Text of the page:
In the summer of 1869, General Robert E. Lee was invited to a meeting officers who had fought in the Battle of Gettysburg. The purpose of the meeting, as Lee described it, was “marking upon the ground by enduring memorials of granite the positions and movements of the armies on the field.” Lee declined to attend, saying that he thought it best “not to keep open the sores of war but to follow the examples of those nations who endeavored to obliterate the marks of civil strife, to commit to oblivion the feelings engendered” (http://www2.vcdh.virginia.edu).
We don’t know, of course, where Lee would stand in the current public debate about removing Confederate statues, but it’s pretty clear that he wouldn’t have approved of erecting them in the first place.
Ironically, it’s not hard to imagine Abraham Lincoln on the other side of this question. The final paragraph of his second inaugural address, given just a month before Lee surrendered at Appomattox Court House, begins with the phrase, “With malice toward none, with charity for all . . .” As the leader who had preserved the Union and defeated the rebellion of the Southern states, Lincoln didn’t bask in his triumph. Instead, he contemplated the possibility that the entire war was divine retribution for 250 years of slavery in America: “He gives to both North and South this terrible war as the woe due to those by whom the offense came.” In place of a celebration of triumph, “Lincoln’s priority . . . was ‘to bind up the nation’s wounds’ and unite the country together again as a functioning democracy under the Constitution; extended retribution against the former Confederates would only slow down the process.” Accordingly, the terms of surrender reflected what Smithsonianmag.com calls a simple gentlemen’s agreement: “The Army of Northern Virginia would surrender their arms, return home, and agree ‘not to take up arms against the Government of the United States.’ At Lee’s request, Grant even allowed Confederates who owned their own horses to keep them so that they could tend their farms and plant spring crops.” Lee himself was treated with honor and respect.
Lincoln probably would have agreed with Lee in opposing the erection of Confederate statues after the war, but it’s not hard to imagine him opposing their removal once they were up—or at least leaving the question open to local authorities—as part of his vision of “charity for all.”
Lincoln’s renunciation of revenge and triumphalism was an amazing exception among presidents and politicians of all kinds. I’ve just finished a remarkable book, Lincoln’s Melancholy (Boston, New York: Houghton Mifflin Co., 2005), which suggests that Lincoln’s well-documented tendency toward melancholy—the 19th century term for what we now more coldly call depression—may have empowered him to take this noble position. As author Joshua Wolf Shenk explains,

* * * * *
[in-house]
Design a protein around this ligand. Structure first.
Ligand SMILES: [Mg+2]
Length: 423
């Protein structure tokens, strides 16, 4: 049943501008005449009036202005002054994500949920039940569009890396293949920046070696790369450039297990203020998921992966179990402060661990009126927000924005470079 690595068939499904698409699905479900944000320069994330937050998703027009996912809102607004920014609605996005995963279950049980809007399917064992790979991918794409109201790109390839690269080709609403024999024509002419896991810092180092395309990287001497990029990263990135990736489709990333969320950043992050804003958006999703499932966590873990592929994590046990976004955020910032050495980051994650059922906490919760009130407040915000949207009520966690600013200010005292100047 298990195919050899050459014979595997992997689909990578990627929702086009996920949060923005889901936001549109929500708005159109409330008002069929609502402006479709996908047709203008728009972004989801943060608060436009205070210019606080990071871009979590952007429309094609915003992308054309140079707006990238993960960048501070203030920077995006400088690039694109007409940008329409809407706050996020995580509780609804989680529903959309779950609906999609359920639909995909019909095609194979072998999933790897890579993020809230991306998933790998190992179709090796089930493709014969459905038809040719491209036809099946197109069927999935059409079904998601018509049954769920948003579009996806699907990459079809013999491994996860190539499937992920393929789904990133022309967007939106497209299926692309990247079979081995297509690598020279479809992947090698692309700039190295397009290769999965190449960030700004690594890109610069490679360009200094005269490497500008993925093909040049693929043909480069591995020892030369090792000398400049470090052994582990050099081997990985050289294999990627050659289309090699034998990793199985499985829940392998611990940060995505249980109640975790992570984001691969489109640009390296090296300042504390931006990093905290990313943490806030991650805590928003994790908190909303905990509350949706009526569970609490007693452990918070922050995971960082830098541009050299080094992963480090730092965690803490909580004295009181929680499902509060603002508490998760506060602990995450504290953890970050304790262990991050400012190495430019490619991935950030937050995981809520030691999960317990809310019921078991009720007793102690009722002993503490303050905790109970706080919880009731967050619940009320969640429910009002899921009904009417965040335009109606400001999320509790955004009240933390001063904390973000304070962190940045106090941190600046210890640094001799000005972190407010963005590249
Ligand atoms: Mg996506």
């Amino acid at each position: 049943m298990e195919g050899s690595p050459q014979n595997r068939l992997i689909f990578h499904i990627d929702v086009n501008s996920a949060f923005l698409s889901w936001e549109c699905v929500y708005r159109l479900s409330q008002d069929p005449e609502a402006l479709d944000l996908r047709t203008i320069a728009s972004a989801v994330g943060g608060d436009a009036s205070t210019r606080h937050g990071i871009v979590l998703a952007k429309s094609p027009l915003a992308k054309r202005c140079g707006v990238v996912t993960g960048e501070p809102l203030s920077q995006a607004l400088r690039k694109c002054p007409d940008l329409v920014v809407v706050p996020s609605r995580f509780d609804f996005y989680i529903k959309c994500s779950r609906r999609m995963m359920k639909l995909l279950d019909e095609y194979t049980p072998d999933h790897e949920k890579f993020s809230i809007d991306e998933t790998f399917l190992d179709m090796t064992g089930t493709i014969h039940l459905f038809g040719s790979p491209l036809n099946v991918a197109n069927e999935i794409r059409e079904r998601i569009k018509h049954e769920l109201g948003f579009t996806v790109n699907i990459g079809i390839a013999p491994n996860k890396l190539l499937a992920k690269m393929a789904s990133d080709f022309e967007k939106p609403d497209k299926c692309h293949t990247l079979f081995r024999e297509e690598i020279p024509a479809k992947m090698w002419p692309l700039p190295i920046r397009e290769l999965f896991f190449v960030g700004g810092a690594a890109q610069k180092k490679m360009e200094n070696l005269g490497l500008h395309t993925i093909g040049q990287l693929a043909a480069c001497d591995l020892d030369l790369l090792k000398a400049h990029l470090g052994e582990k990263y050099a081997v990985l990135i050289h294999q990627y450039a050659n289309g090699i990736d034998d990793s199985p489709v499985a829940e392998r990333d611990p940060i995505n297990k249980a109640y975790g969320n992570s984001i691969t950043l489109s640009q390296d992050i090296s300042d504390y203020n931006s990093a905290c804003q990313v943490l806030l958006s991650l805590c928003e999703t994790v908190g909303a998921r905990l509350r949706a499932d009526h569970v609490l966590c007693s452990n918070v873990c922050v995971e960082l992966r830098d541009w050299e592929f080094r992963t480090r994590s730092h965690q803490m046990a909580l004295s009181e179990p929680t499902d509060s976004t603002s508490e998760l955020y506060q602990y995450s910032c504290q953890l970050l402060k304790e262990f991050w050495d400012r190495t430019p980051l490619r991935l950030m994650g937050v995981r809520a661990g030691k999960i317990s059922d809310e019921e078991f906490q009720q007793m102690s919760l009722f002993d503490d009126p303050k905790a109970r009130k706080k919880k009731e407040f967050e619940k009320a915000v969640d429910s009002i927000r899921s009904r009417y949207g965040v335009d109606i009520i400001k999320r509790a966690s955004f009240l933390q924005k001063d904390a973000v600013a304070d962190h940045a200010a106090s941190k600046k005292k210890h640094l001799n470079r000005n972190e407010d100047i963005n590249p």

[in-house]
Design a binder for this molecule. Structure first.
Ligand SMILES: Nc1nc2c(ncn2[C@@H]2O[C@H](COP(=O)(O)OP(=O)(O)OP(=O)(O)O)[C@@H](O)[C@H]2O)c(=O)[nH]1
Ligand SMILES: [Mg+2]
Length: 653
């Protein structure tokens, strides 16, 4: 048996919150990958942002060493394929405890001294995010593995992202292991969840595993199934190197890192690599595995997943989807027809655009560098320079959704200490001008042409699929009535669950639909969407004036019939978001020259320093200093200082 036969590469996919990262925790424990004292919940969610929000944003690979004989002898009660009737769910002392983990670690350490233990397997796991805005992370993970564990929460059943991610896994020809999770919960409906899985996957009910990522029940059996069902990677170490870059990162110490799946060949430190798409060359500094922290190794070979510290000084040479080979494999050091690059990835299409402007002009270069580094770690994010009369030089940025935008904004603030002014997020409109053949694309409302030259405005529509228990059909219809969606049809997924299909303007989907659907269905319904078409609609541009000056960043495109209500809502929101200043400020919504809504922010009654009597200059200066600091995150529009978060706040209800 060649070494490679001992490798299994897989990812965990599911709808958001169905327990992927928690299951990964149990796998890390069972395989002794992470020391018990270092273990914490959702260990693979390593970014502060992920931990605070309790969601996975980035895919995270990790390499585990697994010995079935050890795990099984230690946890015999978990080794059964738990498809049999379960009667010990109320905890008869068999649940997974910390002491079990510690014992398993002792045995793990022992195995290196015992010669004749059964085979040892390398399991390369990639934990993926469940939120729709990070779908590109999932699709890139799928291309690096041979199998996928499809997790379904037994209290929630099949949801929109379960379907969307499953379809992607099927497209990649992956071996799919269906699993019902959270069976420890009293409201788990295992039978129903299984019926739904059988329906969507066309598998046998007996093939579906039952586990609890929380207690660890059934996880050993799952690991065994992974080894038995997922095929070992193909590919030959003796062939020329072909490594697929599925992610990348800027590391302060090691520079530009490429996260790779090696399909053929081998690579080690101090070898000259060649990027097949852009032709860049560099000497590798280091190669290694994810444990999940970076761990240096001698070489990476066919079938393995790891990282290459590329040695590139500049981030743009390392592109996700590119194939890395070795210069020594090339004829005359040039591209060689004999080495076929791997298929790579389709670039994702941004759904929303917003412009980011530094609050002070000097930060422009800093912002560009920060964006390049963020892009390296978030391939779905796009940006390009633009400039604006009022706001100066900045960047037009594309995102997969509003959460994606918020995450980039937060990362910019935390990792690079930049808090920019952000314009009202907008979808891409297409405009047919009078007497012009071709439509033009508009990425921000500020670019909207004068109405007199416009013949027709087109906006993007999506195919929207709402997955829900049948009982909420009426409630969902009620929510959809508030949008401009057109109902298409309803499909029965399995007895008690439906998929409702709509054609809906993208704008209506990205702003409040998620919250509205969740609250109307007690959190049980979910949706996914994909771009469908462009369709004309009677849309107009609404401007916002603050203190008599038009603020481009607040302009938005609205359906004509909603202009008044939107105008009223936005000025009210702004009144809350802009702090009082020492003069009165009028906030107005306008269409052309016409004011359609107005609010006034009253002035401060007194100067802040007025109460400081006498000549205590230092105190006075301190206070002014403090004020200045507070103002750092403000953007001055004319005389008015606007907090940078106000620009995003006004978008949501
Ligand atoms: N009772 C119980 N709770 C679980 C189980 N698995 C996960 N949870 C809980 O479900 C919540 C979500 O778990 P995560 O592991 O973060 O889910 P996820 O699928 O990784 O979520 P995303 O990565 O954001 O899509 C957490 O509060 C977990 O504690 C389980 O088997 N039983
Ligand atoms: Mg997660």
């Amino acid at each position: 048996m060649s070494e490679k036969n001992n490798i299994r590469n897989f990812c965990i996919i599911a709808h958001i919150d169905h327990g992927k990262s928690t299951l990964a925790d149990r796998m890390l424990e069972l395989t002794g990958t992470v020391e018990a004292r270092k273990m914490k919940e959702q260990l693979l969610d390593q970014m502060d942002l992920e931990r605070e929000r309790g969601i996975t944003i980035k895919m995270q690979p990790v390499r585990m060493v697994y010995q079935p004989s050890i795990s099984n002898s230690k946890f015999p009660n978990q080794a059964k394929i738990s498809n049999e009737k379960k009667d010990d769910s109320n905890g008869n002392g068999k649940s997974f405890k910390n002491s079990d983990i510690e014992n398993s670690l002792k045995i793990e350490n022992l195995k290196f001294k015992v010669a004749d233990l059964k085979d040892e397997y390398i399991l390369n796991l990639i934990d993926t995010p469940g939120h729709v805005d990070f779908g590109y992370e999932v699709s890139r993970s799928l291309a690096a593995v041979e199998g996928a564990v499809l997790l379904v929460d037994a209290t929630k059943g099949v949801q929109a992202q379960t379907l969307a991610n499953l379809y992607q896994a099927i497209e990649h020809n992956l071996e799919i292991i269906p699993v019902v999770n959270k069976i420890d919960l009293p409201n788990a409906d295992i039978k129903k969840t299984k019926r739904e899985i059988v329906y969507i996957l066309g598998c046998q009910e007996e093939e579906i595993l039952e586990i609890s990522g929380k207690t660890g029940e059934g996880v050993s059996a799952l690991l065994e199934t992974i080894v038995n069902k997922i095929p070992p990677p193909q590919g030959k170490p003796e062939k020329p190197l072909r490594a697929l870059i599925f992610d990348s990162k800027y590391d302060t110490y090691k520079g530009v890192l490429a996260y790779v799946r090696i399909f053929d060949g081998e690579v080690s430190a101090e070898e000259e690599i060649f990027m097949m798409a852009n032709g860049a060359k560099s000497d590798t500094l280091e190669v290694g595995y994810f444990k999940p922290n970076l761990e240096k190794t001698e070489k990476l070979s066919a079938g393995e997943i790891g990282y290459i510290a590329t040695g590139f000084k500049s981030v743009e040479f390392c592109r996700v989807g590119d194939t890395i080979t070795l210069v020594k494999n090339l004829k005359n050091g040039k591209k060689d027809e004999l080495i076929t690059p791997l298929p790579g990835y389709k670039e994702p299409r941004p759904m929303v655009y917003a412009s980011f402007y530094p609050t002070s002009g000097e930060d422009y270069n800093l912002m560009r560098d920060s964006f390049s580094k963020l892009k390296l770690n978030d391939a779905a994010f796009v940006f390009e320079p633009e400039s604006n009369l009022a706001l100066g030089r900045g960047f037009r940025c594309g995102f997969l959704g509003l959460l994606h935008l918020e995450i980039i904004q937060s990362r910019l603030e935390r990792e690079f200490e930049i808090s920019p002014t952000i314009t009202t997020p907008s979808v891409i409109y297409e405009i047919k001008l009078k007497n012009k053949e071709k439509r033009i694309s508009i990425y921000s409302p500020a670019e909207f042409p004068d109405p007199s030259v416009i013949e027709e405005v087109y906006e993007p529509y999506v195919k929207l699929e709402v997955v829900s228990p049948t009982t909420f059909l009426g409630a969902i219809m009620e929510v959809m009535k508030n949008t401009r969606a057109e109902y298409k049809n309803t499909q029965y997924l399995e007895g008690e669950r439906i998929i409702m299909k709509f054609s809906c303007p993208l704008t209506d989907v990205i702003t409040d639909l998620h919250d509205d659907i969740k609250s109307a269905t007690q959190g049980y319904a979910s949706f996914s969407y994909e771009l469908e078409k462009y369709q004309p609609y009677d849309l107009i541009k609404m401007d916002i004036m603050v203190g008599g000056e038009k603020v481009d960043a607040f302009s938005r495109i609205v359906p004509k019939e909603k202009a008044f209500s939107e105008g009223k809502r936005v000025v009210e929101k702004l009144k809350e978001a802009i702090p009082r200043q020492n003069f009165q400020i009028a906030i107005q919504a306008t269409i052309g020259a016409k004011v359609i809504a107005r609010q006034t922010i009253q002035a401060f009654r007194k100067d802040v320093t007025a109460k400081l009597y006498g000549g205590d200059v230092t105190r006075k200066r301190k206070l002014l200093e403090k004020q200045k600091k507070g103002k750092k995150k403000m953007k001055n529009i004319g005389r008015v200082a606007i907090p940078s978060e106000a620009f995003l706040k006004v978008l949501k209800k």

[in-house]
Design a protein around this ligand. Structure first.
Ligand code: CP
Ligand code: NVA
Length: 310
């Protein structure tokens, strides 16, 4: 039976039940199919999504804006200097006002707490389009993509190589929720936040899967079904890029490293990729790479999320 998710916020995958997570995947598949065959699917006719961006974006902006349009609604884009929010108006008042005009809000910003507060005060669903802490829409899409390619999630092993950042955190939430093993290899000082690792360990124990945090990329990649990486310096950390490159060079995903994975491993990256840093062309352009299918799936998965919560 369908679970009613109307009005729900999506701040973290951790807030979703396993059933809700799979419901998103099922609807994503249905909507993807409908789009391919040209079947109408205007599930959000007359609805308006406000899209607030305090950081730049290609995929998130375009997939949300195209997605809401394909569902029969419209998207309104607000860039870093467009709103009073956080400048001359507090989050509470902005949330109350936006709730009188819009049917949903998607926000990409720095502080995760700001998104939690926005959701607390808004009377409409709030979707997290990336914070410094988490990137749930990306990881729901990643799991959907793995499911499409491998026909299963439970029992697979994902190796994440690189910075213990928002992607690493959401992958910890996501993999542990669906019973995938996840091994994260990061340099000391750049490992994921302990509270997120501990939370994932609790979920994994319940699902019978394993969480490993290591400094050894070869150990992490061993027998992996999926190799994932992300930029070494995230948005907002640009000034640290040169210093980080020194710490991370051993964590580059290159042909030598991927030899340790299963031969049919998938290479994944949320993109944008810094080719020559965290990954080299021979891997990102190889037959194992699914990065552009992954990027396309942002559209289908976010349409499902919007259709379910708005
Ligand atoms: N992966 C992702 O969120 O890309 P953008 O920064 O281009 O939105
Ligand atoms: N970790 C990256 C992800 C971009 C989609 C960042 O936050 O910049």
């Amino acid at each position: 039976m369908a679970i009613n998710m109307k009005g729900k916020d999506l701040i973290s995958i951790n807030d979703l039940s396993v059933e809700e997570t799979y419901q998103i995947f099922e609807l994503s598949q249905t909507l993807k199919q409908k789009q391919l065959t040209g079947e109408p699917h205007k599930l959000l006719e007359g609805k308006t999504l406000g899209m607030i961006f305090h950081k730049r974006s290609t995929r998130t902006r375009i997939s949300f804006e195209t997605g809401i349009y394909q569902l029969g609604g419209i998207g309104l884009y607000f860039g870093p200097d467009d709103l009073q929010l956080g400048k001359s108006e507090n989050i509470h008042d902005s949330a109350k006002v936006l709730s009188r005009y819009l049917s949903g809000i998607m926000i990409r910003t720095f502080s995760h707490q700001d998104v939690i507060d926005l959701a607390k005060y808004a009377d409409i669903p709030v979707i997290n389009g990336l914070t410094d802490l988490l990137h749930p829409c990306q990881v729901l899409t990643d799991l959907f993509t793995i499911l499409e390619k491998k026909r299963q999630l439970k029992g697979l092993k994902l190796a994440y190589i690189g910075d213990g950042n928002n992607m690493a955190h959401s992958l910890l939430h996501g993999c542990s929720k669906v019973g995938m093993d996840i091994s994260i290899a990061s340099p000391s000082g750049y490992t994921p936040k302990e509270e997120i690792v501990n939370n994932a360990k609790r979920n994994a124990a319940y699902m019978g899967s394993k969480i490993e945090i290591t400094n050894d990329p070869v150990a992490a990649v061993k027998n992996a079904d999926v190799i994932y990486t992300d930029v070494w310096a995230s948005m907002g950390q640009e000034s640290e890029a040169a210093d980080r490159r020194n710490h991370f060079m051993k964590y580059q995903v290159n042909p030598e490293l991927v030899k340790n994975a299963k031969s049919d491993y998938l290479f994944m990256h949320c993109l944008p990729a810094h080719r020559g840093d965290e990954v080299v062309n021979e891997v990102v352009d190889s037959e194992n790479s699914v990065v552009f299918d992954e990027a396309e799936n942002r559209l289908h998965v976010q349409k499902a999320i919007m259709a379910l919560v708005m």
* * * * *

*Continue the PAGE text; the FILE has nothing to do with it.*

With Lincoln we have a man whose depression spurred him, painfully, to examine the core of his soul; whose hard work to stay alive helped him develop crucial skills and capacities, even as his depression lingered hauntingly; and whose inimitable character took great strength from the piercing insights of depression, the creative responses to it, and a spirit of humble determination forged over decades of deep suffering and earnest longing.
The sober assessment that God wasn’t on either side of this war, and that even at victory’s door the Union should acknowledge God’s chastisement and judgment, may have been one of “the piercing insights of depression.” A more cheerful soul would have just joined the victory parade and gloried in divine vindication, but not Lincoln.
As Shenk notes, Lincoln’s melancholy did not detract from his “inimitable character.” Instead it may have contributed to it.
So, what about those statues? Whatever is decided should reflect Lee’s wish “to commit to oblivion the feelings engendered” by the Civil War and the tragic history of Jim Crow that arose decades afterwards, which was actually the era during which most of the statues were erected. At the same time, it would be unwise to try to cleanse our national history with unbending rules imposed from outside.
Can Lincoln’s intention still guide us today? “With malice toward none, with charity for all . . .”